In conclusion, this study indicates that in a community sample of grade 6 to 8 children, the accumulation of four or more ACEs was significantly associated with higher BMI, WC and resting HR, as well as obesity status, factors shown to be associated with cardiovascular disease among adults. The findings of this study are very important as they highlight the fact that cardiovascular risks identified among adults exposed to ACEs in previous studies actually begin to appear earlier in childhood. This is a novel finding as Noll and colleagues (2007) only found an association between ACEs and obesity in young adult sexual abuse victims and not children [10]. The current findings emphasize that the physiological consequences of ACEs reported in adults are beginning in childhood. Also, the link between elevated resting HR and ACEs which has not been previously shown may indicate alterations in autonomic regulation that have life-long consequences.

Finally, to gain a better understanding of the relationship between ACEs and BP, research should focus on older adolescents, ideally tracking them over time to evaluate whether the effect on BP occurs in later years and whether it is preceded by changes in BMI and WC. Danese & McEwen argue that the adverse effects of ACEs in childhood can be reversible if the child’s environment is returned to a stable state [33, 38, 39]. This suggests that studies should examine how these risks can be mitigated among children and whether this can reduce the potential long-term health consequences shown repeatedly in studies among adults.


aThese ACEs included: death of a close friend or extended family member, moving residence/school or immigration, separation from sibling or other close family member, bullying or significant verbal abuse, and witnessing serious conflict not between parents.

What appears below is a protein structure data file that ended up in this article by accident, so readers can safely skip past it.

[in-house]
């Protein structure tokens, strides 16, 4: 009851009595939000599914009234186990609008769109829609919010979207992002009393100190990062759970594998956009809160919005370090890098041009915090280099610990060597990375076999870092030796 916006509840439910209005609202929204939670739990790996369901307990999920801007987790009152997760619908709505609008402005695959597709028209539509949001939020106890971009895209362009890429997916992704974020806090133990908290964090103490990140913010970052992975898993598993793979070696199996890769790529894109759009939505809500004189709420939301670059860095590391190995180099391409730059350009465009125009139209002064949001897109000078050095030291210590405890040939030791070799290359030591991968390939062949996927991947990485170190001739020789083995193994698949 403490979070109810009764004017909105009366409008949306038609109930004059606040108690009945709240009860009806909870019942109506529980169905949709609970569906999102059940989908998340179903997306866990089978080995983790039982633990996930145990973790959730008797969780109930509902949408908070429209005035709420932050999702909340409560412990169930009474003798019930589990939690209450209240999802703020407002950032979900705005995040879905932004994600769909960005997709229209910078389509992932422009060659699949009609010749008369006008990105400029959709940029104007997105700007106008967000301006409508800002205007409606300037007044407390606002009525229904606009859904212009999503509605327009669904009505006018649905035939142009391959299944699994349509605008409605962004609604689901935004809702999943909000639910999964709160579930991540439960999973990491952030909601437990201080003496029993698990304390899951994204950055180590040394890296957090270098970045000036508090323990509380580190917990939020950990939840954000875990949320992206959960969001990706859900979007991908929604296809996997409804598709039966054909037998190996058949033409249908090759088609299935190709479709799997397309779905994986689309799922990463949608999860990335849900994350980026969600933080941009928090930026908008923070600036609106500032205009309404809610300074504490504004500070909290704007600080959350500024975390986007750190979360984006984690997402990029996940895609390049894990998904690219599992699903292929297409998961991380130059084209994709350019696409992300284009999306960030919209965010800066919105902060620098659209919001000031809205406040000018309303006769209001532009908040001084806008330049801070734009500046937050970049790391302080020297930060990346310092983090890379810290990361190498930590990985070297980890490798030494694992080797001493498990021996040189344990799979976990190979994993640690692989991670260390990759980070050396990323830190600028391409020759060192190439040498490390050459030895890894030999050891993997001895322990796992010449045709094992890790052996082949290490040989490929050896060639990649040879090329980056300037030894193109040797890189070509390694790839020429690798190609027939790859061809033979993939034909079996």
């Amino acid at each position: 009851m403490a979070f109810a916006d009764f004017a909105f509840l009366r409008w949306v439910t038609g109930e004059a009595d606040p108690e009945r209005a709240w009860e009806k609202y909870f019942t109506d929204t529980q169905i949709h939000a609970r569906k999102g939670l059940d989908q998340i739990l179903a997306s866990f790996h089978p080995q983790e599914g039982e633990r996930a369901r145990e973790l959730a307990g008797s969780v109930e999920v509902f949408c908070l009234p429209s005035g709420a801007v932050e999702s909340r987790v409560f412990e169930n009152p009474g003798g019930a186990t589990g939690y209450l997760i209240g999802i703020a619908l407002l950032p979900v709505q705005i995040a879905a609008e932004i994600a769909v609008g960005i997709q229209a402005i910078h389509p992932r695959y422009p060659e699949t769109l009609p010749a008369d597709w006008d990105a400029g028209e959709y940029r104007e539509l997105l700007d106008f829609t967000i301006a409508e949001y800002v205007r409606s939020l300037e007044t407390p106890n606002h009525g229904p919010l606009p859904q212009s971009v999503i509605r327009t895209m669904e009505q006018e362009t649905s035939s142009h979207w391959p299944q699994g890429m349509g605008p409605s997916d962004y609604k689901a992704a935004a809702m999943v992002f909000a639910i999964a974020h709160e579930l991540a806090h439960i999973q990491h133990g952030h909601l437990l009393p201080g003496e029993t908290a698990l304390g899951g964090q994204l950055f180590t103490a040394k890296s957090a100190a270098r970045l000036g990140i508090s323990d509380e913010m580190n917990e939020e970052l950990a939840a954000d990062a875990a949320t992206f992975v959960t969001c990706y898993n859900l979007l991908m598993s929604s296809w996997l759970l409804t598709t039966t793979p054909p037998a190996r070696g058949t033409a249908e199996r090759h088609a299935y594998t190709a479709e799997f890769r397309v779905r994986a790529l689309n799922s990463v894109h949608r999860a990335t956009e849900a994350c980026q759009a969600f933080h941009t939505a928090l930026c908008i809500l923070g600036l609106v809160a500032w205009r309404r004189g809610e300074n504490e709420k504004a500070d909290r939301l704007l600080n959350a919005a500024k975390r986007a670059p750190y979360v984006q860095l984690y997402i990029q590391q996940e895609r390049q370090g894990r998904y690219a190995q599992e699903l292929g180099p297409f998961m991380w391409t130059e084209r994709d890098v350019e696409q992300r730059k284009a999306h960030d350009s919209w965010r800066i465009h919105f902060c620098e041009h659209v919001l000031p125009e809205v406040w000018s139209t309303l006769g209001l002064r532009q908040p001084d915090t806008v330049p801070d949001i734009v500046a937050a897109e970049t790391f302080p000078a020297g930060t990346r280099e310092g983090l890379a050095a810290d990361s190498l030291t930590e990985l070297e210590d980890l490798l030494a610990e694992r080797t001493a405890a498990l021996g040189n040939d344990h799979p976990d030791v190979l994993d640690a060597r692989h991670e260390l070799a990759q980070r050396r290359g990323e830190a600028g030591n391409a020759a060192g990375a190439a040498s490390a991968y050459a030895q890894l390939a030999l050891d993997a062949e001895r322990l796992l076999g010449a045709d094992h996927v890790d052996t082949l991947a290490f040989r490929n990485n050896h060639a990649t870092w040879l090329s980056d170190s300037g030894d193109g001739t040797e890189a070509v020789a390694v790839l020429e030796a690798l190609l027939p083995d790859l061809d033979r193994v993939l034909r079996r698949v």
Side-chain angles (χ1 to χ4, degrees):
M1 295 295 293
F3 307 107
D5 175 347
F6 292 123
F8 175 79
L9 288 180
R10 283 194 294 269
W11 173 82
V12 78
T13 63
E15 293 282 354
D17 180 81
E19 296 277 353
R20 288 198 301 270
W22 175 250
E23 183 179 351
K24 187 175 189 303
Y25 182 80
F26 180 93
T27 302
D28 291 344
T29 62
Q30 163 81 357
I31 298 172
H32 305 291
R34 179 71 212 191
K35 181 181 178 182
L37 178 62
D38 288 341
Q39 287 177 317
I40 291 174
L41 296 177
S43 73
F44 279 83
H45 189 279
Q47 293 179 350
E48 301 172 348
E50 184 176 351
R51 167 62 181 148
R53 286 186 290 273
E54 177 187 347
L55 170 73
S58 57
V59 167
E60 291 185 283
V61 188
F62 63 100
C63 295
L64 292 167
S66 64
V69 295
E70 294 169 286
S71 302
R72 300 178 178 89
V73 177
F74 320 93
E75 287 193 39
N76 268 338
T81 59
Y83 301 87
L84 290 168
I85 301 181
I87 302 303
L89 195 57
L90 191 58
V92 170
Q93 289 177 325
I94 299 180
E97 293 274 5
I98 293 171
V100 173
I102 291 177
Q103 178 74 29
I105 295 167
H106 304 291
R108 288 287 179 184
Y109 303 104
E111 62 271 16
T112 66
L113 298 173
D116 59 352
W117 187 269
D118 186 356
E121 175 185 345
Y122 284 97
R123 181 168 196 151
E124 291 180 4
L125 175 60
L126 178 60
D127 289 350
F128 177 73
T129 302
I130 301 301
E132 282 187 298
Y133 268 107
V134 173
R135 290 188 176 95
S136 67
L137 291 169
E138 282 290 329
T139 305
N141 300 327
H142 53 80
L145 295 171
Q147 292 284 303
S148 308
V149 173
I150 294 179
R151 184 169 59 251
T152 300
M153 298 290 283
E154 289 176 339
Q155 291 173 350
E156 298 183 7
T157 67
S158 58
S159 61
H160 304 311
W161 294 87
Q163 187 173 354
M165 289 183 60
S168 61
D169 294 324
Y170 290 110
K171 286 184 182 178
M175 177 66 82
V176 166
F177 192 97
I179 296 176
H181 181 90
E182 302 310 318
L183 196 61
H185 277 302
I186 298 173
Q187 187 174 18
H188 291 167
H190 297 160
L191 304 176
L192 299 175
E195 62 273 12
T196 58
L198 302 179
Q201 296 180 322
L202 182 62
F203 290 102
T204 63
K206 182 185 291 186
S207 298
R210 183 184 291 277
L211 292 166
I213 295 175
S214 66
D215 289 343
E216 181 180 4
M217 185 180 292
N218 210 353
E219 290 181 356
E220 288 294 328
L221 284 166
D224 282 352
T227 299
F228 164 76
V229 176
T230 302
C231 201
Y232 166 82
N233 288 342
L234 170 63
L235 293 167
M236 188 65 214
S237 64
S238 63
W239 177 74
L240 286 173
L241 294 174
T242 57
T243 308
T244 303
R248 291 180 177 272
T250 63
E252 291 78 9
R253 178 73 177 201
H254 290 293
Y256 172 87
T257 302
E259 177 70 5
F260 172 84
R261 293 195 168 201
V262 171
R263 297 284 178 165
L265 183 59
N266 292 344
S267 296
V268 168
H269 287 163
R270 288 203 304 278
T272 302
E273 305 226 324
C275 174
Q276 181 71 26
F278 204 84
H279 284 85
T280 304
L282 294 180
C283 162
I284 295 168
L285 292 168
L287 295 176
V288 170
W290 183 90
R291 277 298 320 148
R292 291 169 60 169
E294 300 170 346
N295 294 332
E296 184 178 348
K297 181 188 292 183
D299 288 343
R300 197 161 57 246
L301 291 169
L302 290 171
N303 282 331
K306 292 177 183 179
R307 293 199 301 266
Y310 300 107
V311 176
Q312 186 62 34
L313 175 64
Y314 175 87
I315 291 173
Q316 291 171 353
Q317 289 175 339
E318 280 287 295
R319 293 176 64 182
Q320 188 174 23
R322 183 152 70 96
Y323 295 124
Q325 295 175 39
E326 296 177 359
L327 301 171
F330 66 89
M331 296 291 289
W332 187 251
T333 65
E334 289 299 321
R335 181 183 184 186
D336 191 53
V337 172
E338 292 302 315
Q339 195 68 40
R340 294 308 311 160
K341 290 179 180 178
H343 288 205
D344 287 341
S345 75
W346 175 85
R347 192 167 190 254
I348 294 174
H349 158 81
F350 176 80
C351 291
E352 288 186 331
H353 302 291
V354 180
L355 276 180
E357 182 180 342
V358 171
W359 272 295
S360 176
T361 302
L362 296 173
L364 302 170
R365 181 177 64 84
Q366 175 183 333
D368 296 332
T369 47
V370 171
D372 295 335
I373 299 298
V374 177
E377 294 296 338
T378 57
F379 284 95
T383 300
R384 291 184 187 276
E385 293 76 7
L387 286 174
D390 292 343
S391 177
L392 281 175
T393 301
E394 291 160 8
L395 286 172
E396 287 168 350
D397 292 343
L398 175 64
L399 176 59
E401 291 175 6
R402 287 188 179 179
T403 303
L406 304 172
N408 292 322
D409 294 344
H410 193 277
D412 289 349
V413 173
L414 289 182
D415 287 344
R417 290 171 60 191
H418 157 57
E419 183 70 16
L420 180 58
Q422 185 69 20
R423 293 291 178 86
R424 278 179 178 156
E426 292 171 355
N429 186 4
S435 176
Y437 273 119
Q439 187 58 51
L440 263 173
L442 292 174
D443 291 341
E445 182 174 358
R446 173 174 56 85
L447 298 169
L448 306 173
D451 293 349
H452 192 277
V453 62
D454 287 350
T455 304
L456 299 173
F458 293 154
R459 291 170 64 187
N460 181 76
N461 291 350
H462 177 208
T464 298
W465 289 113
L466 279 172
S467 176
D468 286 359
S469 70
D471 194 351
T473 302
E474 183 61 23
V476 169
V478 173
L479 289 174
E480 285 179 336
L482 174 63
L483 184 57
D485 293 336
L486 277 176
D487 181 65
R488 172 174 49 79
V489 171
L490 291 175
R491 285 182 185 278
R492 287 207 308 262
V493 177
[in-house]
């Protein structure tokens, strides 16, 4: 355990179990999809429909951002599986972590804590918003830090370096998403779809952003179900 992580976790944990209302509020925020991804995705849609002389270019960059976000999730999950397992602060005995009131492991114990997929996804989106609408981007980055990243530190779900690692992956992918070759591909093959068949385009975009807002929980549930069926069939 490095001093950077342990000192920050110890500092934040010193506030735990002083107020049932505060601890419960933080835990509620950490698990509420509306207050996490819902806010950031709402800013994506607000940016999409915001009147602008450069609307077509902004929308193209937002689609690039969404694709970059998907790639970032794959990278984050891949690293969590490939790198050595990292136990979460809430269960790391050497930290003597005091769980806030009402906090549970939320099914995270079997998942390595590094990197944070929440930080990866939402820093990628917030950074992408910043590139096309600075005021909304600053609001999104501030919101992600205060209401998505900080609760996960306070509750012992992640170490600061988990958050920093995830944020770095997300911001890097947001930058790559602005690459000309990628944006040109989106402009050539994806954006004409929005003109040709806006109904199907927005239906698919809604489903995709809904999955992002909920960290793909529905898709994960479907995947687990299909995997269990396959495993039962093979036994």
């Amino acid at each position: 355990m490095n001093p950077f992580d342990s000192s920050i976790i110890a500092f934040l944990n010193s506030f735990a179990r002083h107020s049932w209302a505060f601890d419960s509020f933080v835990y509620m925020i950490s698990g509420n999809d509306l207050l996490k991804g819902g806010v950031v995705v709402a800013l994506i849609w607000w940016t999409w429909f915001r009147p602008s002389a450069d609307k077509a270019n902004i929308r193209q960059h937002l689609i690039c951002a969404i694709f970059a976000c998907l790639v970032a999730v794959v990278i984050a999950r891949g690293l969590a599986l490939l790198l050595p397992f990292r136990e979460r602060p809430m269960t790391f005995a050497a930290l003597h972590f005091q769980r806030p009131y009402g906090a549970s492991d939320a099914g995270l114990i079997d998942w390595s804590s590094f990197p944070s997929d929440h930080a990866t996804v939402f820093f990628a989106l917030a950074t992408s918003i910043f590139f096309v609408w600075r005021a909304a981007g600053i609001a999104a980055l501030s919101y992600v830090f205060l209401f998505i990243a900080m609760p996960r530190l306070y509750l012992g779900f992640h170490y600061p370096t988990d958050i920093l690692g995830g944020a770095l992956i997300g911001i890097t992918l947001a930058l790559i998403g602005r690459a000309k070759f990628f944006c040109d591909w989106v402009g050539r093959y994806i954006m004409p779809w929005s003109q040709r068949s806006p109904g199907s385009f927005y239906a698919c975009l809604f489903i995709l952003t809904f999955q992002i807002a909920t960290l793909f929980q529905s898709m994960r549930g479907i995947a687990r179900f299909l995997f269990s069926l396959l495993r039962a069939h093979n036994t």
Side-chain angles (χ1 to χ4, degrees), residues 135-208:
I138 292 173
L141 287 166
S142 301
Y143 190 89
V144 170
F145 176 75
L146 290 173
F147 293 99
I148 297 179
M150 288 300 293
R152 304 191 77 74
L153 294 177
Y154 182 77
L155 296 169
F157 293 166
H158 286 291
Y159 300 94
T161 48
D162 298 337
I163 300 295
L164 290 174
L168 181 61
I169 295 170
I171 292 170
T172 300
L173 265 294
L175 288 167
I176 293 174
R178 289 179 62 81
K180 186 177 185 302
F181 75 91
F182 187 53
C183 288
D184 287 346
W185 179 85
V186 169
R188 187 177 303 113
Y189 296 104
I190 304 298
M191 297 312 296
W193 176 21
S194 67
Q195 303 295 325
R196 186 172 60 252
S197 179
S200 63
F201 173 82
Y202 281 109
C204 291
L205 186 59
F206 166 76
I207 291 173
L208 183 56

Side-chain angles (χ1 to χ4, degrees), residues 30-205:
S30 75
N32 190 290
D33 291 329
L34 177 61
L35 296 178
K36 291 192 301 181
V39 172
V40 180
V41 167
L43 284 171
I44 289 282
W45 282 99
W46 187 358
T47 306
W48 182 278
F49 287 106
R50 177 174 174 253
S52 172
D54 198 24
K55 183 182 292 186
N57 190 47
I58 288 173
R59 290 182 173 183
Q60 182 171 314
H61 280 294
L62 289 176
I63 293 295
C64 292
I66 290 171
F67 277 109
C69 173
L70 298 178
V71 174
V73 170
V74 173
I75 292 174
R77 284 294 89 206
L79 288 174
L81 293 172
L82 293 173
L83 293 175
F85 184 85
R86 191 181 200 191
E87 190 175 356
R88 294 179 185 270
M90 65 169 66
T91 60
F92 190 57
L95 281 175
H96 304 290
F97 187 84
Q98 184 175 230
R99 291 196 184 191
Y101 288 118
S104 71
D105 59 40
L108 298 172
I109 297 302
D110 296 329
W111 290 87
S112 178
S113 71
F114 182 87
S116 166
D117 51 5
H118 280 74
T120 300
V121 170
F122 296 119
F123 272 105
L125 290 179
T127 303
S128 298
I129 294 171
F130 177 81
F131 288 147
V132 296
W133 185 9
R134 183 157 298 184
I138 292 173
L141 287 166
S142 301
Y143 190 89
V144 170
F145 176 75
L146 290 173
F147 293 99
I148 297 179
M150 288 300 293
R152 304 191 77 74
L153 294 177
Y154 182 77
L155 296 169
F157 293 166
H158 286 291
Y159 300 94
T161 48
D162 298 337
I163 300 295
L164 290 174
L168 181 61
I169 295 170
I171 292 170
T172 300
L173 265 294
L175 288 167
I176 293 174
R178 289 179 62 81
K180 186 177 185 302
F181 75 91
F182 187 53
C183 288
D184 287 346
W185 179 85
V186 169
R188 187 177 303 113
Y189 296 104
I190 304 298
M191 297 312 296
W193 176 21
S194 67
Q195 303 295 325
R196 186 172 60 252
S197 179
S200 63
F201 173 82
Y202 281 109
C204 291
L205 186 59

Adverse childhood experience


Blood pressure


Body mass index


Childhood trust events survey


Cardiovascular disease


Heart behavioural and environmental assessment team


High blood pressure


Heart rate


Metabolic equivalent


Systolic blood pressure


Waist circumference.



This study was funded by the Heart and Stroke Foundation of Ontario (SDA6237) CP was supported by graduate fellowships from both the Canadian Institutes of Health Research and Ontario Graduate Scholarship program. DDO was supported by the Canadian Foundation for Innovation (10118), TJW was supported by the Canada Research Chairs program, JC is supported by an endowed professorship through the Department of Family Medicine, McMaster University. The authors thank Frank Putnam for comments on a previous version of the manuscript.

Authors’ Affiliations

Department of Community Health Sciences, Brock University, St Catharines, Canada
Departments of Psychiatry and Behavioural Neuroscience, Family Medicine, Kinesiology, CanChild, Centre for Childhood Disability Research, McMaster University, Hamilton, Canada
Health Systems Research and Consulting Unit, Centre for Addiction & Mental Health, Toronto, Canada


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  40. Pre-publication history